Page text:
Russia’s legislature says the New START nuclear arms treaty ratified last month by the U.S. Senate restricts the U.S. from building and operating missile defenses against nuclear attacks. President Obama says the opposite: that the treaty “places no limitations on the development or deployment of our missile defense programs.”
There may never have been such a huge dispute on such a fundamental
aspect of a high profile treaty between two major world powers. As reported by the Voice of Russia on Monday, Russia’s Duma, the lower house of parliament, “plans to confirm the link between the reduction of the strategic offensive arms and the restriction of antimissile defense systems’ deployment in the Strategic Arms Reduction Treaty (START),” according to the lawmaking body’s foreign policy chief.
The Russian news agency quoted the chairman of the Duma Committee on
International Affairs, Konstantin Kosachev, who was apparently sneering that U.S. negotiators had been tricked. Kosachev claimed, “our American colleagues do not recognize the legal force of the treaty’s preamble. The preamble sets a link between strategic offensive arms and defensive arms.”
The text of New Start’s preamble recognizes an “interrelationship between strategic offensive arms and strategic defensive arms” which it declares “will become more important as strategic nuclear arms are reduced.” And while the introductory portion of the pact adds that “current strategic defensive arms do not undermine the viability and effectiveness of the strategic offensive arms of the Parties,” it gives no license for future defensive systems.
According to Kosachev, the U.S. belief “that the link between strategic offensive armed forces and antimissile defense systems is not juridically binding for the parties” because “this link was fixed only in the preamble of the document” is an attempt on the part of theUnited States “to find an option to build up its strategic potential”– and the foreign policy committee chairman warns, “the Russian lawmakers cannot agree with this.”
Interestingly, Voice of Russia also quotes Alexei Arbatov,scholar-in-residence at the Carnegie Endowment for International Peace’s Moscow Center and a leader of Russia’s liberal democratic Yabloko party, accusing U.S. senators of false “unilateral interpretations” of the treaty.
But the Carnegie Endowment’s website features an April, 2010 video interview with Arbatov in which he seems to share the Obama Administration’s opinion that New Start, “in mentioning the interaction of offensive and defense arms, in no way legally limits the United States in their development of various ballistic missile defense systems.”
According to Arbatov’s commentary at that time, “American ballistic missile defense in the future can, or would be able to, degrade Russian second strike retaliatory capability.”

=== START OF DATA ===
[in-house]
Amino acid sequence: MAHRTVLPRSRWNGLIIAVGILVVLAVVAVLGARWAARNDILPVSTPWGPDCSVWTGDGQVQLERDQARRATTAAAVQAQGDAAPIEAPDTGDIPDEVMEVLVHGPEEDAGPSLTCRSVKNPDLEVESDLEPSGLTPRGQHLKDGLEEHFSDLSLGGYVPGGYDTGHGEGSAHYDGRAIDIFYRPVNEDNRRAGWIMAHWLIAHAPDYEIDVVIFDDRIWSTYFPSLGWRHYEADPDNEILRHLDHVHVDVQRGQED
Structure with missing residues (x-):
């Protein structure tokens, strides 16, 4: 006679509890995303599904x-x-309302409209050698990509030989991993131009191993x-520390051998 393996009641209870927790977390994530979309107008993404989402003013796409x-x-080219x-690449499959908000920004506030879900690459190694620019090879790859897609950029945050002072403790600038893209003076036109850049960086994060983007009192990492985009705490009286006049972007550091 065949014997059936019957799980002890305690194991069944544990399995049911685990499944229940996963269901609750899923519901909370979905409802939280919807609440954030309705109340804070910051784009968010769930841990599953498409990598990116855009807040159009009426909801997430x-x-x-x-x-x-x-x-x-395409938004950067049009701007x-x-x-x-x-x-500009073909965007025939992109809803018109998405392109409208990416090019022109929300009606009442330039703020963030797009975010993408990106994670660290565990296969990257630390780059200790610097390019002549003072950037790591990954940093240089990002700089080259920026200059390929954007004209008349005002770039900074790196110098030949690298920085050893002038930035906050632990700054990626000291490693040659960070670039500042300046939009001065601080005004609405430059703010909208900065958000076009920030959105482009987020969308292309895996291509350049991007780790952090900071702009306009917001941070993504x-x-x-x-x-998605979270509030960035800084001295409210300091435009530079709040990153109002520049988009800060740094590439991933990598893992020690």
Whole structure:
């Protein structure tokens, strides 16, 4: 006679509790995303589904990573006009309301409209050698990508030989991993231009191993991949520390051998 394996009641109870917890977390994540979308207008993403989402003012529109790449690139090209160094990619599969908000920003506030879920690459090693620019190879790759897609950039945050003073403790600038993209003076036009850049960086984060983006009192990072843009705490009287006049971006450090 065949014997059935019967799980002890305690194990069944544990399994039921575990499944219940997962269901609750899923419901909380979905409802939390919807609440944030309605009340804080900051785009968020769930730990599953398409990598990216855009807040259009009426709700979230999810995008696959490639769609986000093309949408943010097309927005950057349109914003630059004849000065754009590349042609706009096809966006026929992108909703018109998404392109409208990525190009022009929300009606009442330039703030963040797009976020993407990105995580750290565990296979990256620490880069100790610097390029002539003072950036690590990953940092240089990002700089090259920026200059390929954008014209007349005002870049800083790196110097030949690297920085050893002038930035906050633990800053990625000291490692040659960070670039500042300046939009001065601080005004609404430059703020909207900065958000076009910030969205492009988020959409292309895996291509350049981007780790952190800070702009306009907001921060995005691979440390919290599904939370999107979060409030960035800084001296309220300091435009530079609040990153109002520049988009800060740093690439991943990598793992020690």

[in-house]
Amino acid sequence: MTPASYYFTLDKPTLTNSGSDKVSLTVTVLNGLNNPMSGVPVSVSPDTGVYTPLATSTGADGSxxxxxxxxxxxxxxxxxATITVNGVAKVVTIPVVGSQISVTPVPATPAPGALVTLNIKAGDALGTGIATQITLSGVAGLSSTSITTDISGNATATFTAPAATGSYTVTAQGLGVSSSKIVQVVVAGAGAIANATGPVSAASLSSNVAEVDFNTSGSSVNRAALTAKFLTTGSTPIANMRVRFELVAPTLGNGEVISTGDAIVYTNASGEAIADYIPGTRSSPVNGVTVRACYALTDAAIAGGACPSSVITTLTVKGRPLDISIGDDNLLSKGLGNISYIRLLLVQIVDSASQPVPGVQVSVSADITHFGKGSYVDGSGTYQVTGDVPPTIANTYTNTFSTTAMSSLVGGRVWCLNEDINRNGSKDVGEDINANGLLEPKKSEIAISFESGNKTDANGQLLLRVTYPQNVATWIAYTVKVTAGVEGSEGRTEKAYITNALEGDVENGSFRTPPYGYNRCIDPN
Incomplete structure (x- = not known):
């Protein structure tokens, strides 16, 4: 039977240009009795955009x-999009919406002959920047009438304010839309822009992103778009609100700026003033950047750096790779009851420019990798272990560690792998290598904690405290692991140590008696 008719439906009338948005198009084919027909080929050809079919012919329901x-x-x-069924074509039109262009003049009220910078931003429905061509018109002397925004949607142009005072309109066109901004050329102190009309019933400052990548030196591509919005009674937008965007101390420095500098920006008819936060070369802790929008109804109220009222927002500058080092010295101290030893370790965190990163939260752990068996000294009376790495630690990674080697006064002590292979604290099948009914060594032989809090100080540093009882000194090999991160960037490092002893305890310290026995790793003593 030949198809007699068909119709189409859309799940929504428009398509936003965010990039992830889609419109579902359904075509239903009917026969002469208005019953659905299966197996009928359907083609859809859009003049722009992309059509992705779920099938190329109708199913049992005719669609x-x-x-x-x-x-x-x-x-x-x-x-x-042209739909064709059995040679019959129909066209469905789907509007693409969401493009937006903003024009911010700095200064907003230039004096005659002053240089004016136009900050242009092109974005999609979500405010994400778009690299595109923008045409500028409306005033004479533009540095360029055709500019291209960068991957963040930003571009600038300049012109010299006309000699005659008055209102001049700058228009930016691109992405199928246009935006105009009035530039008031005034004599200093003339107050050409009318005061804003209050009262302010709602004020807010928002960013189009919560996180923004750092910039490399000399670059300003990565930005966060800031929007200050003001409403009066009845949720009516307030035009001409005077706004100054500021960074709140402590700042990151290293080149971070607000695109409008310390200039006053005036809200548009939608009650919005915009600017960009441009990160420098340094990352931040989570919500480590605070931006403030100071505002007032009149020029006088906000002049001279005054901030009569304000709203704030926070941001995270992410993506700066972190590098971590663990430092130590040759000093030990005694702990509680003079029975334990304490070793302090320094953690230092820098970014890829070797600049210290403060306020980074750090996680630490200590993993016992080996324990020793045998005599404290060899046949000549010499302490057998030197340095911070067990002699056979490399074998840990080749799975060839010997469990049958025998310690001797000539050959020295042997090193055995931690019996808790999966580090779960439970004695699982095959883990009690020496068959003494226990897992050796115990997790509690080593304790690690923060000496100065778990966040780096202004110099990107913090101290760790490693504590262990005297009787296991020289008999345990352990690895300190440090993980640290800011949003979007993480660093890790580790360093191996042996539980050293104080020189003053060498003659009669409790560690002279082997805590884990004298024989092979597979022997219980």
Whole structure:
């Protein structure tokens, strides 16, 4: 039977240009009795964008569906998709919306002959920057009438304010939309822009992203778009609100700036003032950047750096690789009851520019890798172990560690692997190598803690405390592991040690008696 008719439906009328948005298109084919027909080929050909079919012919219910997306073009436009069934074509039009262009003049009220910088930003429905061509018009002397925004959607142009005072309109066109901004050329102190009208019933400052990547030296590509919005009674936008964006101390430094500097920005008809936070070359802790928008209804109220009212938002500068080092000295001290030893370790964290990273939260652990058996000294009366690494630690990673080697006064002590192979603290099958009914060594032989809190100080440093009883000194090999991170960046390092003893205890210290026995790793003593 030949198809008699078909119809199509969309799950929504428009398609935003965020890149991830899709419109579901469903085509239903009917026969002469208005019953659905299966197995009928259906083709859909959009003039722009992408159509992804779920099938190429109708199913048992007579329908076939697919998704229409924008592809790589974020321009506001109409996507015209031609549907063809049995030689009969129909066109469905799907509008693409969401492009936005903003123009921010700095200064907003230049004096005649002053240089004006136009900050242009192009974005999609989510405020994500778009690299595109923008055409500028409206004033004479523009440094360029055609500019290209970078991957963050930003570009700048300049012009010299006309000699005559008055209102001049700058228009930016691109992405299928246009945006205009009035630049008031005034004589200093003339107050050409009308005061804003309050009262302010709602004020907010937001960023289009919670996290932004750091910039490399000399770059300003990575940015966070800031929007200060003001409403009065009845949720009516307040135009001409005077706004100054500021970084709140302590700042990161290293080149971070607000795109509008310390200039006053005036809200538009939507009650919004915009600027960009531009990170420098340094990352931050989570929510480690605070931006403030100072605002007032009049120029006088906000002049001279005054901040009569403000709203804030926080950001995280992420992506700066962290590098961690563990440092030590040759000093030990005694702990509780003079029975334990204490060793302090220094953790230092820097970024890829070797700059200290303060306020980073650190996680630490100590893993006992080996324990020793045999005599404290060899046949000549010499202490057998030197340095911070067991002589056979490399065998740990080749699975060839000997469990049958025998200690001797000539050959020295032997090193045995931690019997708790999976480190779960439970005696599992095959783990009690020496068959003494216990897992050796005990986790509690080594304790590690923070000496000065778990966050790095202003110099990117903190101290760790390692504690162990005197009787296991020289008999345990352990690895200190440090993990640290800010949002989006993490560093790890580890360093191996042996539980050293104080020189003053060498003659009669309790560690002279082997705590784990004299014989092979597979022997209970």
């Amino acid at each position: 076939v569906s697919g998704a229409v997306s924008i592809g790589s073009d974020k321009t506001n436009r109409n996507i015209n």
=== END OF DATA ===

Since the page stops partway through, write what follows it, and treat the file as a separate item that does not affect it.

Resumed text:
When asked by ABC News on Monday if the Russians were right about New START squashing future missile defense breakthroughs, White House
spokesman Tommy Vietor replied: “The President sent a letter to the Senate on December 18th that said: ‘The New Start Treaty places no limitations on the development or deployment of our missile defense programs.’ That remains the case.”
But as ABC News pointed out back in April on the eve of the signing of the New START treaty, Russian officials have been saying all along that the agreement restricts U.S. efforts toward building missile defenses.
Russian Foreign Minister Sergei Lavrov at the time said, “linkage to missile defense is clearly spelled out in the accord and is legallybinding.” And Sergei Prikhodko, senior foreign policy adviser to Russian President Dmitri Medvedev, in April issued a written statement claiming that “the negotiators had to insert the inextricable connection between strategic offensive and strategic defensive armaments (i.e. missile defense) into the treaty.”
Prikhodko stated, “This was successfully fulfilled and the importance of this connection when reducing strategic offensive armaments will be included in the treaty and be legally binding.”
He added: “Besides, the United States has already agreed not torefurnish or use ICBM and SLBM launchers for interceptor missile deployment and vice versa.” New START’s provisions “take into account the presence of strategic defensive systems capable of neutralizing strategic offensive armaments. This interconnection has been legally stipulated,” the Medvedev senior adviser stated in April.
In a letter to Republican senators encouraging them to vote for New START, President Obama pledged, “As long as I am President, and as long as the Congress provides the necessary funding, the United States will continue to develop and deploy effective missile defenses to protect the United States, our deployed forces, and our allies and partners.”
As long ago as last March, Secretary of Defense Robert Gates promised
that “missile defense is not constrained by this treaty.” But as Hot Air’s Ed Morrissey asked on Wednesday, “if Obama wanted to protect missile defense, why allow it to be mentioned at all? Doesn’t the existence of the at-least confusing language in the preamble have any meaning, and if it didn’t, why even bother to have a preamble?”
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